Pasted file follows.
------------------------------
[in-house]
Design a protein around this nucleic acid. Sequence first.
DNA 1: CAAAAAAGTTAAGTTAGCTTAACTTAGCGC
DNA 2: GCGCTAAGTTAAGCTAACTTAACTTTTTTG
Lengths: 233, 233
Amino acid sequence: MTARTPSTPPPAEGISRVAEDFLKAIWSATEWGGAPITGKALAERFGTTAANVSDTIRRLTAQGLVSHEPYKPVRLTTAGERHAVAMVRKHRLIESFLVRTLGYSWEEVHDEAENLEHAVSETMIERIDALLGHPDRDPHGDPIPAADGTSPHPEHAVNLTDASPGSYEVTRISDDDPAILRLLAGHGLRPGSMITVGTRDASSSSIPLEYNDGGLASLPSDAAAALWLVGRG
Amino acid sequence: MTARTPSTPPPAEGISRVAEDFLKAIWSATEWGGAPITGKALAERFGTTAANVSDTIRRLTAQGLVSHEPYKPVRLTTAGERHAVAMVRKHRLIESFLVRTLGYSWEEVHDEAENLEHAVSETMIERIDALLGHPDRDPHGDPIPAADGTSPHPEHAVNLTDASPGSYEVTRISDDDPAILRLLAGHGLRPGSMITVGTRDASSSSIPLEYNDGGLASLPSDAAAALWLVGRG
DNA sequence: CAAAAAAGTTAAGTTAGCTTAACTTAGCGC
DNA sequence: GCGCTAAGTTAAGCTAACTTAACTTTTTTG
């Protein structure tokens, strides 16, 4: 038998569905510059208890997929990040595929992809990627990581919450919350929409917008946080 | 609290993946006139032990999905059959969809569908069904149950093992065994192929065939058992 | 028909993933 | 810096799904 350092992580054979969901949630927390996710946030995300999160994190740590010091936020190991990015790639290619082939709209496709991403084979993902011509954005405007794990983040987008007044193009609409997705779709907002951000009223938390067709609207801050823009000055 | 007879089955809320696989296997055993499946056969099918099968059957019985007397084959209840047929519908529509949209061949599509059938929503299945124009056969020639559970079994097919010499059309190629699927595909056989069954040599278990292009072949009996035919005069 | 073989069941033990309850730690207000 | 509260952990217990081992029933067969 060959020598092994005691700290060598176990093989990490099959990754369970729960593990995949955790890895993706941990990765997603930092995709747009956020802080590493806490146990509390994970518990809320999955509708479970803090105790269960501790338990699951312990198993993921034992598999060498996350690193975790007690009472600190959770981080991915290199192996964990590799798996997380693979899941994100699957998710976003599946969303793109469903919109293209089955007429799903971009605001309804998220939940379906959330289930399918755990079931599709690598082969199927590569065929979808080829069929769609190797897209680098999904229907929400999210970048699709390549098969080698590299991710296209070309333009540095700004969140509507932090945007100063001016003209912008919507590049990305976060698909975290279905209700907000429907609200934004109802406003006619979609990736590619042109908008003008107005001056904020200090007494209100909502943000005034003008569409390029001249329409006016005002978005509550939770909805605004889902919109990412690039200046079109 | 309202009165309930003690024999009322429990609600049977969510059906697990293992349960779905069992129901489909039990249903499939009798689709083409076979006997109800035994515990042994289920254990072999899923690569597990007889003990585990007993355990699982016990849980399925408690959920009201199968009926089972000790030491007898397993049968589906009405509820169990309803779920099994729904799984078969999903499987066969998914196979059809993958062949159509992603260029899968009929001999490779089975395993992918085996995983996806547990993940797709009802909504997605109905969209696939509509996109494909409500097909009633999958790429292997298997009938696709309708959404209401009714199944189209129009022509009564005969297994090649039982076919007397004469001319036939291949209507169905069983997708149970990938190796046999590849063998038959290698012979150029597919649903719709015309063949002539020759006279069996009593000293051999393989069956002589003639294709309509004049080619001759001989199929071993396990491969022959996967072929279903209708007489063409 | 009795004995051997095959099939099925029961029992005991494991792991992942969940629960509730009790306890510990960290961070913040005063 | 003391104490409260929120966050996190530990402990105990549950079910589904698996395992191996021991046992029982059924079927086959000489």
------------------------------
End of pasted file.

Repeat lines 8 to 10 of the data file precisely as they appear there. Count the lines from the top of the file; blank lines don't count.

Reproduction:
DNA sequence: CAAAAAAGTTAAGTTAGCTTAACTTAGCGC
DNA sequence: GCGCTAAGTTAAGCTAACTTAACTTTTTTG
């Protein structure tokens, strides 16, 4: 038998569905510059208890997929990040595929992809990627990581919450919350929409917008946080 | 609290993946006139032990999905059959969809569908069904149950093992065994192929065939058992 | 028909993933 | 810096799904 350092992580054979969901949630927390996710946030995300999160994190740590010091936020190991990015790639290619082939709209496709991403084979993902011509954005405007794990983040987008007044193009609409997705779709907002951000009223938390067709609207801050823009000055 | 007879089955809320696989296997055993499946056969099918099968059957019985007397084959209840047929519908529509949209061949599509059938929503299945124009056969020639559970079994097919010499059309190629699927595909056989069954040599278990292009072949009996035919005069 | 073989069941033990309850730690207000 | 509260952990217990081992029933067969 060959020598092994005691700290060598176990093989990490099959990754369970729960593990995949955790890895993706941990990765997603930092995709747009956020802080590493806490146990509390994970518990809320999955509708479970803090105790269960501790338990699951312990198993993921034992598999060498996350690193975790007690009472600190959770981080991915290199192996964990590799798996997380693979899941994100699957998710976003599946969303793109469903919109293209089955007429799903971009605001309804998220939940379906959330289930399918755990079931599709690598082969199927590569065929979808080829069929769609190797897209680098999904229907929400999210970048699709390549098969080698590299991710296209070309333009540095700004969140509507932090945007100063001016003209912008919507590049990305976060698909975290279905209700907000429907609200934004109802406003006619979609990736590619042109908008003008107005001056904020200090007494209100909502943000005034003008569409390029001249329409006016005002978005509550939770909805605004889902919109990412690039200046079109 | 309202009165309930003690024999009322429990609600049977969510059906697990293992349960779905069992129901489909039990249903499939009798689709083409076979006997109800035994515990042994289920254990072999899923690569597990007889003990585990007993355990699982016990849980399925408690959920009201199968009926089972000790030491007898397993049968589906009405509820169990309803779920099994729904799984078969999903499987066969998914196979059809993958062949159509992603260029899968009929001999490779089975395993992918085996995983996806547990993940797709009802909504997605109905969209696939509509996109494909409500097909009633999958790429292997298997009938696709309708959404209401009714199944189209129009022509009564005969297994090649039982076919007397004469001319036939291949209507169905069983997708149970990938190796046999590849063998038959290698012979150029597919649903719709015309063949002539020759006279069996009593000293051999393989069956002589003639294709309509004049080619001759001989199929071993396990491969022959996967072929279903209708007489063409 | 009795004995051997095959099939099925029961029992005991494991792991992942969940629960509730009790306890510990960290961070913040005063 | 003391104490409260929120966050996190530990402990105990549950079910589904698996395992191996021991046992029982059924079927086959000489």